this is nothing less than classic horror.
"taxi driver" is a masterpiece of film without flaws substantial enough to mention or even notice. the broken dreams of the sixties and the pervasive sense of doom and nihilism that ruthlessly pervade every scene of the movie reflects the artistic mentality of the early seventies and create an unmistakable atmosphere of dark surrealism aided by scorsese's incredible visuals that make new york city look like a hell of loneliness and debauchery without hope or redemption. travis bickle, a taxi cab driver and young vietnam veteran, slowly slips into madness as the viewer watches and de niro's performance is so perfect that at times one must wonder if he felt some personal connection to the character or related to him in some profound way. it is not so much that travis is a 'loser' per se as a lucid but sick man who can no longer do what others do and ignore the horrendous depravity and inhuman indifference of his surroundings and the world as a whole. perhaps, in a strange way, he is the only truly 'sane' character in the entire movie, although this puts him in a tight spot indeed. the influence of dostoevsky's equally bleak "notes from the underground" is immediately apparent to readers of the book, and this entire film will strike a painful chord with those who have felt alienated and outcast at one time or another in their lives for whatever reasons. why, travis wonders, does no one care about him or what the world is coming to? how can scum like harvey keitel do atrocious things like prostitute twelve year old girls without anyone raising a finger in defense of the innocent? is there any sense or meaning in anything? and in defiance of conventional cinema, scorsese answers with a quite clear "no" to that question. there is not a glimmer of hope in this movie, simply a menacing ambiance of unrelenting sadness and hopelessness and that resounds in the viewer long after the film ends. although it temporarily satisfies travis, his act of vigilantism at the end of the film (the culmination of both his considerable personal neurosis and his legitimate perceptions of the evil and absurd nature of human society)really makes no difference and will only temporarily satiate travis' lust for vengeance on a world that has ejected him for recognizing the true state of things. a beautiful, unforgettable, haunting movie.
first of all, no matter what anyone might say, "citizen kane" is not the
greatest movie of all time. people have a right to their opinions, but it's
a safe bet that those who profess to consider this the best movie they've
ever seen are trying to look sophisticated and 'in the know'. there are
parts of this movie which, blaspheme i might, drag like a dead corpse and
put you to sleep quicker than tylenol PM.
on the other hand, there are very touching parts in this film, the highlight for me being the dialogue about the ferry girl. it points to the ultimate incomprehensibility and perhaps even the hopelessness of life, with it's ephemerality and occasional moments of beauty and inspiration. the other moment that got to me was when kane trashes his mansion in a fit of fury at the extravagant, luxurious and absolutely empty objects that surround him. welles does a damn near perfect job of playing kane, who seeks for meaning and purpose in all the places they do not exist, and ends up regretting it. "rosebud" is, ultimately, the failure of the american dream:pretty women and wealth only promote and quicken spiritual decay, and success in society can leave a person unbelievably impoverished and unworthy on the inside.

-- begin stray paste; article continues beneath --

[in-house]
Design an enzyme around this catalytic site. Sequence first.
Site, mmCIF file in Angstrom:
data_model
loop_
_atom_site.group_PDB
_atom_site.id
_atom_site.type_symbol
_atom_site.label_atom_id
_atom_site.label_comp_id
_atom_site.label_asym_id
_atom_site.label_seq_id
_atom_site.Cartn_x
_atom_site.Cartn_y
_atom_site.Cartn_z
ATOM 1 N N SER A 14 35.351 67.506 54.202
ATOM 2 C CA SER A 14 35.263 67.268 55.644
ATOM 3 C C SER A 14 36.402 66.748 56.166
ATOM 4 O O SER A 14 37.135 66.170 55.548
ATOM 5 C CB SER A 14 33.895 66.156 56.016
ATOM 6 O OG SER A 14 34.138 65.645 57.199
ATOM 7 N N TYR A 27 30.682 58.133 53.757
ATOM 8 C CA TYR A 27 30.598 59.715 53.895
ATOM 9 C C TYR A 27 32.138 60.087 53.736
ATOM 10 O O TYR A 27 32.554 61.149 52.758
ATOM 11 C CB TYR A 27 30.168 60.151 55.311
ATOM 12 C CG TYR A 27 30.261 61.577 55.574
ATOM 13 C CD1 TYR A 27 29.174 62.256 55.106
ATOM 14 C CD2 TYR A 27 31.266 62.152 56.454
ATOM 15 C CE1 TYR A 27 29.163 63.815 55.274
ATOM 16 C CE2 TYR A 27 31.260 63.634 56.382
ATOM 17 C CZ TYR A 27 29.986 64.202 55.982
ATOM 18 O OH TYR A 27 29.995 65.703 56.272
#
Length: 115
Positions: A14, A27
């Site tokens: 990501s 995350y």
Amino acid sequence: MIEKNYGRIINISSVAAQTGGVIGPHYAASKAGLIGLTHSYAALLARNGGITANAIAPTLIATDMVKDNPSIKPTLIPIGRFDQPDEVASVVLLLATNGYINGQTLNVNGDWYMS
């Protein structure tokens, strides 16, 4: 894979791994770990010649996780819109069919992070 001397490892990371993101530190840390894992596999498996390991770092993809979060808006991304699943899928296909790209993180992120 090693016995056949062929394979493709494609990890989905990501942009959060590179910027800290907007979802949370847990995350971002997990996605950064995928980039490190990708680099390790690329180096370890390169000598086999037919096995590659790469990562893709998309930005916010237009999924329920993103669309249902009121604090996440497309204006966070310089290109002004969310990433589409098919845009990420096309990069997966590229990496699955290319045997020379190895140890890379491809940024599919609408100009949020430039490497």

watch the movie, but don't buy the hype.
"the blair witch project" is one of the most brilliantly conceived, best
acted and directed horror movies I've seen in years, although it does have
it's weak points. i hate mainstream movies, and never go to the theatre
because i think of american film in general as corporate, ephemeral,
whimsical crap. i mistrusted this movie and did not bother seeing it until
read the plot, which sounded ingenious and lovecraftian to me. the
reviewers on this page who didn't like it were determined to respond
negatively just because a lot of teenagers thought it was 'freaky' or
whatever, and so they dismissed it offhand without really caring whether
was actually good or bad. it is suggestive, frightening, realistic, and
everything in it is believable except that these none too intelligent
twenty-somethings would keep the camera running at all after a certain
of crisis. while the character depth was almost nill and we never get to
find out anything about the filmmakers beyond their names and ridiculously
excessive use of foul language, the terrifying night scenes more than
compensate for these flaws and their gradual descent into desperation and
madness has a real ring of authenticity to it and is not at all affected
contrived, as i imagined it would be.
having thought the horror genre was thoroughly down and out, even beyond the point of no return, "blair witch" is an unexpected joy and, while not quite a masterpiece, certainly constitutes a cult classic and something that will be remembered for a long time to come.